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Home Publications Blogs Beat the Press The Double Taxation of Corporate Profits and Other Fairy Tales

The Double Taxation of Corporate Profits and Other Fairy Tales

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Sunday, 27 November 2011 10:17

The usually insightful Steven Pearlstein swallowed a big one today in pushing the line that the taxation of corporate profits when they are paid out as dividends amounts to "double taxation." The problem with this story is that the corporation really is a distinct entity from the individual who receives dividends. In fact, according to the Supreme Court, they are actually distinct persons.

This is not a philosophical question; it is a very concrete economic one. No one is forced to organize a business as a corporation. Anyone can operate any business as a partnership. Partnerships do not pay a separate tax, the partners only pay tax on the profits as individuals.

In this sense, the corporate income tax is 100 percent a voluntary tax. It is paid only because people consider the benefits of corporate status to be worth more than the taxes that they must pay.

This removes any logical possibility of double taxation. The corporate income tax is effectively the fee that stockholders pay for the benefits of corporate status. By holding stock, they have voted with their feet to pay this tax. Their income, and the tax on it, should be treated as distinct from the corporate income. If individuals are not paying tax on their dividends and capital gains then it is not taxed.  

[Stuart Levine offers well-taken correction below. Only closely held partnerships avoid taxation. Any partnership that had publicly traded share would be subject to taxation. Of course, this is still a choice made by owners of the partnership.]

Comments (9)Add Comment
Technical Foul
written by Stuart Levine, November 27, 2011 11:23
Dean--I have to call a technical foul here. You say that: "No one is forced to organize a business as a corporation. Anyone can operate any business as a partnership. Partnerships do not pay a separate tax, the partners only pay tax on the profits as individuals."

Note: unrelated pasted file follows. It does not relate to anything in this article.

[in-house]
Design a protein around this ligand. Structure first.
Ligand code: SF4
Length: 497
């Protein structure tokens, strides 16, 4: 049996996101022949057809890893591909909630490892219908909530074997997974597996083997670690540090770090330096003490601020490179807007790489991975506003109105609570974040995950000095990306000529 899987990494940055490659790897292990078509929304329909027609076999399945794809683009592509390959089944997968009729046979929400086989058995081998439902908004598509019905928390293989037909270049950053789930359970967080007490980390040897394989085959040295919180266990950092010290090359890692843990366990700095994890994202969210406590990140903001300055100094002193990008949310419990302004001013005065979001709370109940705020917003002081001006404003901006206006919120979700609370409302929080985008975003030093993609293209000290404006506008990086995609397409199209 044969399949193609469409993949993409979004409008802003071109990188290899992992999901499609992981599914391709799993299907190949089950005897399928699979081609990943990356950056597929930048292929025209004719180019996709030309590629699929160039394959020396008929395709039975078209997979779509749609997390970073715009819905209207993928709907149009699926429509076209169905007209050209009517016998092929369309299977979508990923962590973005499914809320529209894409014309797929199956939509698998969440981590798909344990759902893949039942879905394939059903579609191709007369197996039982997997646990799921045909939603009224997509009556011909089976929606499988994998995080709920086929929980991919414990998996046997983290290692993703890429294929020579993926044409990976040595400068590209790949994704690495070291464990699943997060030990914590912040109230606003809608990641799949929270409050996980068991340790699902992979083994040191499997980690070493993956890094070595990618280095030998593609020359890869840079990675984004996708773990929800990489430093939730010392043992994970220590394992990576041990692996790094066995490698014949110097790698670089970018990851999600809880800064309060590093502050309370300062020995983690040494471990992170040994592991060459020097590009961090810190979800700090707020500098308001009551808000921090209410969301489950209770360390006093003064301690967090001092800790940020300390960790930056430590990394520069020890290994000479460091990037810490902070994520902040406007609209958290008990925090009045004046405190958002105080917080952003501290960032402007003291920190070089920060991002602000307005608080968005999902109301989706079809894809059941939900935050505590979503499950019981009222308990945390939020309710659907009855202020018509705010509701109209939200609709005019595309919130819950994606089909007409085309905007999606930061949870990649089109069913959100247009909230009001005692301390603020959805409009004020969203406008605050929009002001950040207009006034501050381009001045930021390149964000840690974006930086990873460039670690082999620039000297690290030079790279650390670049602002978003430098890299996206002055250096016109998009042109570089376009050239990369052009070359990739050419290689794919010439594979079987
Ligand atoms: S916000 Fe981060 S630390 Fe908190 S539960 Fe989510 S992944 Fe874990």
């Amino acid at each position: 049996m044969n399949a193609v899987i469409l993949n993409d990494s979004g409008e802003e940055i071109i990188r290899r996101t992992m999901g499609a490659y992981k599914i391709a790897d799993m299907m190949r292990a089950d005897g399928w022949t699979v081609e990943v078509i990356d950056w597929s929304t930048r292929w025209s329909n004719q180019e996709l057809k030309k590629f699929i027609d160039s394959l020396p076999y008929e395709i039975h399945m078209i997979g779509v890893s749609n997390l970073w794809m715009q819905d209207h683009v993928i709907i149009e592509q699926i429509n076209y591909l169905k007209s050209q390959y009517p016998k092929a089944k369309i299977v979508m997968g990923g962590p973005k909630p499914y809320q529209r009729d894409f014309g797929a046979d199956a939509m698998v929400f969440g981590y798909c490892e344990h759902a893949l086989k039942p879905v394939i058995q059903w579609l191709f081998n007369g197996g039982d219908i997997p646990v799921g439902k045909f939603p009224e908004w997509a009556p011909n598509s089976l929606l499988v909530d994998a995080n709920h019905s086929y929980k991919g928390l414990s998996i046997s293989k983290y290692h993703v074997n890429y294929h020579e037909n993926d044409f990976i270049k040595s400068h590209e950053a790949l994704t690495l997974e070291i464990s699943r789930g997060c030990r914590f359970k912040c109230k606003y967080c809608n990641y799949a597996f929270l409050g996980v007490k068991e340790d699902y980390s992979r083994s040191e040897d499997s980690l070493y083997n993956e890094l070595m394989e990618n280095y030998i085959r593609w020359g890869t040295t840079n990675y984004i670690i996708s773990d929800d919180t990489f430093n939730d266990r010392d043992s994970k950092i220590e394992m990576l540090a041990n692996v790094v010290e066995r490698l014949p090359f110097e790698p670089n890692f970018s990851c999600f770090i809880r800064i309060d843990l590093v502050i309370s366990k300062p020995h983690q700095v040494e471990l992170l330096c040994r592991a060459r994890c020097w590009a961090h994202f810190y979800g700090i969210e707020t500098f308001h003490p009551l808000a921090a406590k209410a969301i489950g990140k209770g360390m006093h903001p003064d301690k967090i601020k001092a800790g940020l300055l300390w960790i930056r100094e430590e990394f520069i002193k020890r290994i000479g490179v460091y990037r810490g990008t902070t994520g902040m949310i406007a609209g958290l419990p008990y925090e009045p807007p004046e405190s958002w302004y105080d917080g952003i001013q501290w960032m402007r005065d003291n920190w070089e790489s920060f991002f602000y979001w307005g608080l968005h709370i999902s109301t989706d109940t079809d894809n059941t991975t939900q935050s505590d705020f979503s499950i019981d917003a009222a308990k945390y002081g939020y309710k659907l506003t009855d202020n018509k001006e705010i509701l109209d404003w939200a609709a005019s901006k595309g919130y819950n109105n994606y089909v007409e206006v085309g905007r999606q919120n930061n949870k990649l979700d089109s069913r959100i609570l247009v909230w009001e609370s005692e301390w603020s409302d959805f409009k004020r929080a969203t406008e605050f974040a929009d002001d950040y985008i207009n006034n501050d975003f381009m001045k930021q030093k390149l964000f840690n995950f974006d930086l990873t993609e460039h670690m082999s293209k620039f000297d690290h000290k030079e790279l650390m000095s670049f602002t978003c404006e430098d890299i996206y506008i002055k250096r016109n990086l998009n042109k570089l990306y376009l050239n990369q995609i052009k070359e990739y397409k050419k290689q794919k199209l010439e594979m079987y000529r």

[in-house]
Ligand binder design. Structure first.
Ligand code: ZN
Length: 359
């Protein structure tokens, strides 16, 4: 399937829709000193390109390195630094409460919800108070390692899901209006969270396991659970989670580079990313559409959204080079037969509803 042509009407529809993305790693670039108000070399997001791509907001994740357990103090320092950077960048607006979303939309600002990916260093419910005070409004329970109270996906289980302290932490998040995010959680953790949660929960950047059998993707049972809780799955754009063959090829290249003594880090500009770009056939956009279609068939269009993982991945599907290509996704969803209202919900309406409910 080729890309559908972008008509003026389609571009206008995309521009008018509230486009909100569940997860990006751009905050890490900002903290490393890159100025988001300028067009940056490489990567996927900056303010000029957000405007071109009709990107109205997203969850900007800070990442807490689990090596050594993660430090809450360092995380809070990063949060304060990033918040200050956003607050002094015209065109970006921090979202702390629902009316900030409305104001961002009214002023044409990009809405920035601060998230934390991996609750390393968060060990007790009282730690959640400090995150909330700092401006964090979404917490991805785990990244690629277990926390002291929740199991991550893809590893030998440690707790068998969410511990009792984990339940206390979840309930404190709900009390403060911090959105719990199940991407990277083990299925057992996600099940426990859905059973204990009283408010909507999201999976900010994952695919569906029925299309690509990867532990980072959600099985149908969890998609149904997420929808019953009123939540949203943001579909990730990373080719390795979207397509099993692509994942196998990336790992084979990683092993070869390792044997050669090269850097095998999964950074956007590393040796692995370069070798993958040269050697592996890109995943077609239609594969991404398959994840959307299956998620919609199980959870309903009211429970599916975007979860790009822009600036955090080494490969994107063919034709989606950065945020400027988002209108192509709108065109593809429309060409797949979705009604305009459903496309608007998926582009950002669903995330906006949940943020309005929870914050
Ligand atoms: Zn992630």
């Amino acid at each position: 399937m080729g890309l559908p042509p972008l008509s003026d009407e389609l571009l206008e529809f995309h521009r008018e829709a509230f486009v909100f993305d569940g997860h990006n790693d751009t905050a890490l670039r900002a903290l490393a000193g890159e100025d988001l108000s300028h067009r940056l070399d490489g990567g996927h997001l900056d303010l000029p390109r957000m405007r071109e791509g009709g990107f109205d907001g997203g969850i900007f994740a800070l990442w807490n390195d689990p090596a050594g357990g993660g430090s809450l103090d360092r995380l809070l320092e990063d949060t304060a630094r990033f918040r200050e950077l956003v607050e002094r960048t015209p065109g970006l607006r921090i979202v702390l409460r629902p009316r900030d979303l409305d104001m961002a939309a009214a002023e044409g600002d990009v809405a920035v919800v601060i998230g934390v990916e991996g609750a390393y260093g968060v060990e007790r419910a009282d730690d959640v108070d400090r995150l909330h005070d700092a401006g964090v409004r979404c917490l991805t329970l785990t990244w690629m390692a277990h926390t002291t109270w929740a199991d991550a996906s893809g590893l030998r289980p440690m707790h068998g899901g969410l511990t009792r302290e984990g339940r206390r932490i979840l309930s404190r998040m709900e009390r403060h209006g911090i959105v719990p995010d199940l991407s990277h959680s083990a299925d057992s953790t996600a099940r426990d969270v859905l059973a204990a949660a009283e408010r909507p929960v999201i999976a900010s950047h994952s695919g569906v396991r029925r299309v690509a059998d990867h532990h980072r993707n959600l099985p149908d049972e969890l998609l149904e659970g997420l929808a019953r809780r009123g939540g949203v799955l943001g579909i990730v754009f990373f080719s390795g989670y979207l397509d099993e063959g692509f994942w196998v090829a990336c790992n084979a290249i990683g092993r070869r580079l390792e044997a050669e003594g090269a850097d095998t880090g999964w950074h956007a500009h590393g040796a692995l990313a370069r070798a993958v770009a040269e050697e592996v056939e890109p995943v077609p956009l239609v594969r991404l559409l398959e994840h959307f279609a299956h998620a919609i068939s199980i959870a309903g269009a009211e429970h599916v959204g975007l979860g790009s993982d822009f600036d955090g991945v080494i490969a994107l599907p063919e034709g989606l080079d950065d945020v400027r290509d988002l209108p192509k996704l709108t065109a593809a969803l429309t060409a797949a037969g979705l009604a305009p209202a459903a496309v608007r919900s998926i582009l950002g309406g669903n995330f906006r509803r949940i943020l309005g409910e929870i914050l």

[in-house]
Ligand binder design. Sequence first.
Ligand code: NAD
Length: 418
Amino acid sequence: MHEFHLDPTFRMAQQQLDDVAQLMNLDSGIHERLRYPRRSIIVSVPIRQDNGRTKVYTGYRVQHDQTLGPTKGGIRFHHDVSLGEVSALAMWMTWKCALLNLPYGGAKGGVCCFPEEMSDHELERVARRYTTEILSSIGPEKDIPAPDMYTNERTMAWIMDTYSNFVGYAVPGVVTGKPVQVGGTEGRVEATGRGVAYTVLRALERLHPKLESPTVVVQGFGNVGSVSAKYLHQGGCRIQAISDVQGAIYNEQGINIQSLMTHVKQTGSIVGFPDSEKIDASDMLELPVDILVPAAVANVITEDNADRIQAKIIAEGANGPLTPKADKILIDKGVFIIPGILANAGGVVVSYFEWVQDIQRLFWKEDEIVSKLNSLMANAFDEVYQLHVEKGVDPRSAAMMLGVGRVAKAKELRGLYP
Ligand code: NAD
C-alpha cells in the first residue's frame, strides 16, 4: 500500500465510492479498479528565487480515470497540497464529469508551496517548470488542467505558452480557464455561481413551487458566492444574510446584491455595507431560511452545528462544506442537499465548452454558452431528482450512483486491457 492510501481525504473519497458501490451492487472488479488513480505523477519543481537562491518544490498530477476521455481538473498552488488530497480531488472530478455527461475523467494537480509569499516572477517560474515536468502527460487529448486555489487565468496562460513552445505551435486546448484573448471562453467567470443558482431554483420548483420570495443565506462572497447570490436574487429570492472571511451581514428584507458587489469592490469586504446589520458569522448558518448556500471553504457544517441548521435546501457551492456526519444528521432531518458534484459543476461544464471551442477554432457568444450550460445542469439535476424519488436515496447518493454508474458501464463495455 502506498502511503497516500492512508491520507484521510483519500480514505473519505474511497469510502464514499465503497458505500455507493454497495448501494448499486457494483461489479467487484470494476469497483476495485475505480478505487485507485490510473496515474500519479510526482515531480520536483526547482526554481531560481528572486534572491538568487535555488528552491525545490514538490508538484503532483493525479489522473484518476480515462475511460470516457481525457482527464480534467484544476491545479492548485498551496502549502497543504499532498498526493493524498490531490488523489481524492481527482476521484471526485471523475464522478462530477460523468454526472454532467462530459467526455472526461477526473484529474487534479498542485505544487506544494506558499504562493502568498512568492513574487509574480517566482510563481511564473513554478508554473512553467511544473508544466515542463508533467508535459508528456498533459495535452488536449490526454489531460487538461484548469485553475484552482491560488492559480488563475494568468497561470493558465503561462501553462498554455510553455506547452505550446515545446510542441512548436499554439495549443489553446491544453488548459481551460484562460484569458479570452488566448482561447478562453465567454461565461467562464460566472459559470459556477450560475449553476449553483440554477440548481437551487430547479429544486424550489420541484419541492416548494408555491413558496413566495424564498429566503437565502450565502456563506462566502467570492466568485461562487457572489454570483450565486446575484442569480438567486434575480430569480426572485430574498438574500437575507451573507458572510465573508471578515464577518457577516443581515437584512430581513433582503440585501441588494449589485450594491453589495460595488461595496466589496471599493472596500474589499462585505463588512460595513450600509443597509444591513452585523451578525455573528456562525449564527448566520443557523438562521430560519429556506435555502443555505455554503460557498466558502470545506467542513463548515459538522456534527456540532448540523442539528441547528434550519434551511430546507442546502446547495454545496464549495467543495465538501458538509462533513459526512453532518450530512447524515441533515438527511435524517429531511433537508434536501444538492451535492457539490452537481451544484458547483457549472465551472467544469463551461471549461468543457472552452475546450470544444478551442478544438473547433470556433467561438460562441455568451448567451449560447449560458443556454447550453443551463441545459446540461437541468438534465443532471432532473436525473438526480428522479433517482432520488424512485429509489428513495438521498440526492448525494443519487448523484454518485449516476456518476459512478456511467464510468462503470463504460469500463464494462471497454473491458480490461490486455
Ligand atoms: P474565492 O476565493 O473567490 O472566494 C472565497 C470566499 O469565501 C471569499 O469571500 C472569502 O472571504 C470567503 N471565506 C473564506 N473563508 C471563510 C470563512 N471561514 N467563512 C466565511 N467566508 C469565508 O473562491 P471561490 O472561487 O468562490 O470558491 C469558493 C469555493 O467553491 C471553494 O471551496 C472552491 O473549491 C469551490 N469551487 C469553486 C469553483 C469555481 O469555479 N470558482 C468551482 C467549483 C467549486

That statement is only true with respect to closely-held entities, "closely-held entities" being defined as businesses the interests of which are not publicly traded. The IRS defines a "publicly traded partnership [as] any partnership an interest in which is regularly traded on an established securities market regardless of the number of its partners." See here: http://1.usa.gov/v6emHk

However, I generally agree with your conclusion insofar as it should read: "The corporate income tax is effectively the fee that stockholders pay for the benefits of having ownership in a business that has interests that are regularly traded on an established securities market. By holding interests in such a business, they have voted with their feet to pay this tax."
hmm
written by David, November 27, 2011 11:49
Why should you/we endorse the "corporation as citizen" distortion of Citizens United? Instead, flow-through taxation for all corporate net earnings whether distributed or not (a la S-corps, last discussed comprehensively by Lester Thurow in The Zero Sum Society) would make the opposite and salutary point: that corporations are mere extensions of natural persons. It would also have the added benefit of eliminating the bias against debt financing (interests costs are deductible against the corporate income tax) versus equity financing (dividends are not deductible). This debate not just about effective tax rates or incidence. The corporate tax creates substantial distortions that would be worth eliminating.